Seattle won the NFC West as I expected but my "sleeper" team, San Francisco, literally fell asleep. I thought that the Rams would be bad but they were even worse than I expected, while the Cardinals were not as bad as I expected them to be.
Point blank, absolutely nothing in the NFC North went the way that I predicted. I did a little better with the NFC South, but of course everyone knew that Atlanta would be in the basement; would it be wrong to say that the Falcons' season went to the dogs?
I predicted that Dallas would beat New Orleans in the NFC Championship Game but that has been rendered impossible because the Saints did not qualify for the playoffs. Assuming that Owens is still a quick healer, I will stick with Dallas to win the NFC title, beating Green Bay. I realize that there is a significant chance that at least one of my conference championship game picks is wrong, because I went straight "chalk" and it we probably won't see the top two seeds on each side make it through unscathed--but New England, Indianapolis, Dallas and Green Bay truly have been the class of the league this year, a 16-0 team and three 13-3 teams that finished at least two games ahead of everyone else (and the Colts could have been 14-2 if it had mattered to them).
Here are quick takes on this weekend's games:
Seattle is a division champion, has a much better point differential than Washington (102 to 24) and has homefield advantage. All of that adds up to a 24-20 Seattle victory.
Pittsburgh has homefield advantage by virtue of winning the AFC North but Jacksonville has a better regular season record, won the head to head encounter this season between these teams and has a much healthier roster. Pittsburgh went 7-1 at home this year but that lone loss came at the hands of the Jaguars. It feels strange to pick Pittsburgh to lose at home but look for Jacksonville to prevail, 21-17.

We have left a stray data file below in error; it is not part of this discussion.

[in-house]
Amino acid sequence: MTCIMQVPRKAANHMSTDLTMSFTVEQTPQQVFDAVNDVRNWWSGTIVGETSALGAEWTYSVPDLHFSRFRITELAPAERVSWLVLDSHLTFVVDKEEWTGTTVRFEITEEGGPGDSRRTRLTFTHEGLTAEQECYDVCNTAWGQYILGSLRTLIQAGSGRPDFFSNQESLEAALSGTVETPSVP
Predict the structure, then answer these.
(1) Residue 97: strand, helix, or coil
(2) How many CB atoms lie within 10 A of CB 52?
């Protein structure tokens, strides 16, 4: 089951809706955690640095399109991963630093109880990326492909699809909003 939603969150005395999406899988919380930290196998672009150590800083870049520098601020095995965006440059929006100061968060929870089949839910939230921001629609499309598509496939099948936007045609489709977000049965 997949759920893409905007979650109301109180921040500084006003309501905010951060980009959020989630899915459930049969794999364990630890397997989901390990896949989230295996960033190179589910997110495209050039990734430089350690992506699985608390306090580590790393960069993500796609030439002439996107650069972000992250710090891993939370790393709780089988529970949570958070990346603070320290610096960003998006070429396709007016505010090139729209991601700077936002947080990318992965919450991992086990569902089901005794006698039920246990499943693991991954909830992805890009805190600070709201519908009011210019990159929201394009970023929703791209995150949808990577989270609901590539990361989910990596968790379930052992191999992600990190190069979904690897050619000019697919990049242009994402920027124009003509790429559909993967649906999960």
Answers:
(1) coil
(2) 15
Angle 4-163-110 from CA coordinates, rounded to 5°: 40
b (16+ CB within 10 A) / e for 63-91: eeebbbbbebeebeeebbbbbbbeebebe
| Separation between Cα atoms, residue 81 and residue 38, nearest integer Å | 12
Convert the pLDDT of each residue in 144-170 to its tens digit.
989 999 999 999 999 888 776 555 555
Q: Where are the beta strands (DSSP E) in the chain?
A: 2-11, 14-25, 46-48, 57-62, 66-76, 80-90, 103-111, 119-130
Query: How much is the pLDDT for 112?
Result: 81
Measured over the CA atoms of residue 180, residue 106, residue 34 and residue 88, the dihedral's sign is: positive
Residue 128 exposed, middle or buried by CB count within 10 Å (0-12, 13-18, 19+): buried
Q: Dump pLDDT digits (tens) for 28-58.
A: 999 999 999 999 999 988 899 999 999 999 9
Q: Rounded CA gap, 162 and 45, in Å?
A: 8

On Sunday, we have another game in which a team with the better record visits a team that won its division. I'm not particularly sold on the NFC South champion Tampa Bay Buccaneers, nor am I overly impressed by the New York Giants, their game effort against New England in the season finale notwithstanding. I look at this game as a "pick 'em," though the experts in Las Vegas afforded Tampa Bay the standard three points for homefield advantage. I think that the game will ultimately be decided by how well Tampa Bay deals with New York's pass rush; if the Bucs keep Jeff Garcia clean then he will make enough plays to win the game. I'll take Tampa Bay 19-16, perhaps on a field goal as time runs out; the Giants always seem to find a way to lose road playoff games.
The Chargers got off to a slow start this year but they are rolling and they have the easiest matchup of the first round, a banged up Titans team that could barely eke out a win against the Colts' scrubs. Norv Turner's sketchy record as a head coach gives me pause--particularly considering that the Titans' Jeff Fisher is a very good coach--but unless Turner has complete brain lock and forgets to give the ball to LaDainian Tomlinson the Chargers should win without too much difficulty; call it 35-14.
I am sticking with my preseason prediction that New England will beat Dallas in the Super Bowl.